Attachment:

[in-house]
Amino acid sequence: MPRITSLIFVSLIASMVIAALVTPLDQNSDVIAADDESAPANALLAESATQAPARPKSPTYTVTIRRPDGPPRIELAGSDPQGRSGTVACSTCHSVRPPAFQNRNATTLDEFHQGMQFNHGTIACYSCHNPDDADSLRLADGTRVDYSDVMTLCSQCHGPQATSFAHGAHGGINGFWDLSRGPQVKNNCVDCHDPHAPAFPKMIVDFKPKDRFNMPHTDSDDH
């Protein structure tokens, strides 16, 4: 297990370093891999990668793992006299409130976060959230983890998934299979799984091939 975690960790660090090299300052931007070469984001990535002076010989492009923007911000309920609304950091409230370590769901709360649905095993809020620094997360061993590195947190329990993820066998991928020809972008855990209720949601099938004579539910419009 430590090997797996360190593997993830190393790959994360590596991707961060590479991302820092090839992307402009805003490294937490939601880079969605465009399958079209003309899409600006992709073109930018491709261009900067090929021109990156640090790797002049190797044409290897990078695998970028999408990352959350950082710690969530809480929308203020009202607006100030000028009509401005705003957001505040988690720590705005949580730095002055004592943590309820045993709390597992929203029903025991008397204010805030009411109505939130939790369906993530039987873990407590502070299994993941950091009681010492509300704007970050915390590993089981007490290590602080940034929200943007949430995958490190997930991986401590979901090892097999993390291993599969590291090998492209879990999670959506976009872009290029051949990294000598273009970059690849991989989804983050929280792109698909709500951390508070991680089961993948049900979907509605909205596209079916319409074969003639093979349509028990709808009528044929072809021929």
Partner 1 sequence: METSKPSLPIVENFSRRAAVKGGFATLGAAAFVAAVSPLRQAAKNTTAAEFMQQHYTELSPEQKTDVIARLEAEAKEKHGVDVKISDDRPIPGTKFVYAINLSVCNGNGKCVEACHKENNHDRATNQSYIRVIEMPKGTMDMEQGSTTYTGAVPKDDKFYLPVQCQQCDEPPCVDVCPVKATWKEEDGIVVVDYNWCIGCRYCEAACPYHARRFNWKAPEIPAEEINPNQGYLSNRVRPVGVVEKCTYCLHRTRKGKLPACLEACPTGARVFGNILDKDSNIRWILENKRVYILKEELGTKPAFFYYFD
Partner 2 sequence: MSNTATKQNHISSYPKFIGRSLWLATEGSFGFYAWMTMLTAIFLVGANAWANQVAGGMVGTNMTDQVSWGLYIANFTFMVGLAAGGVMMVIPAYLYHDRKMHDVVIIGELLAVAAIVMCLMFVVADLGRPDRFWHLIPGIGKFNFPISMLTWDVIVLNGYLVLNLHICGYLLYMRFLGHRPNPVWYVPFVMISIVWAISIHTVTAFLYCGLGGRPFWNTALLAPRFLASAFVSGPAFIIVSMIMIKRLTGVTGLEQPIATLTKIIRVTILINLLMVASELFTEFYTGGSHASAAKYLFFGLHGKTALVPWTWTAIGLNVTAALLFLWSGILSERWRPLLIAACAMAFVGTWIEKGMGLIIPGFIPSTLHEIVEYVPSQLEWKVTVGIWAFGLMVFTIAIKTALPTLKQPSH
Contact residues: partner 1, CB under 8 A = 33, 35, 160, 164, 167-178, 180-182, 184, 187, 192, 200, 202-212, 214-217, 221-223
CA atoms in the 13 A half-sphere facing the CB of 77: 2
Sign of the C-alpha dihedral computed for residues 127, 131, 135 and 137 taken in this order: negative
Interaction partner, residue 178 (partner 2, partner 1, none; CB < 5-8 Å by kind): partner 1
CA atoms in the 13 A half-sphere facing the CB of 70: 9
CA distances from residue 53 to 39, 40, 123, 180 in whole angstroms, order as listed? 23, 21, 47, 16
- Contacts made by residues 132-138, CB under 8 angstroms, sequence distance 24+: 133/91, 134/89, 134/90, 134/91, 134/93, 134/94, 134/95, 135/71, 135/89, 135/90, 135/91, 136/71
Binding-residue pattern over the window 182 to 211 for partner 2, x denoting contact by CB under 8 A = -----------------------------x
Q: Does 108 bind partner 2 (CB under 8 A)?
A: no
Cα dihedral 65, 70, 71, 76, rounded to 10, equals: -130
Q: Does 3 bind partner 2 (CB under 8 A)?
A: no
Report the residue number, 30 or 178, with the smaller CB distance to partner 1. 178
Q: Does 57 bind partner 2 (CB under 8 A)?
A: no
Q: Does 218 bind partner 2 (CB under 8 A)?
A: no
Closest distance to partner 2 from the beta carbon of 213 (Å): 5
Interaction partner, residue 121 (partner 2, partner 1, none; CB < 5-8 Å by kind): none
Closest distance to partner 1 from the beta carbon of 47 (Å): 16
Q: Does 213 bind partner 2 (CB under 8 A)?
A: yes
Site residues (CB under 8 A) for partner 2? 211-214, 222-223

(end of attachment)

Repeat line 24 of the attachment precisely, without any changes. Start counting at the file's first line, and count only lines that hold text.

Closest distance to partner 2 from the beta carbon of 213 (Å): 5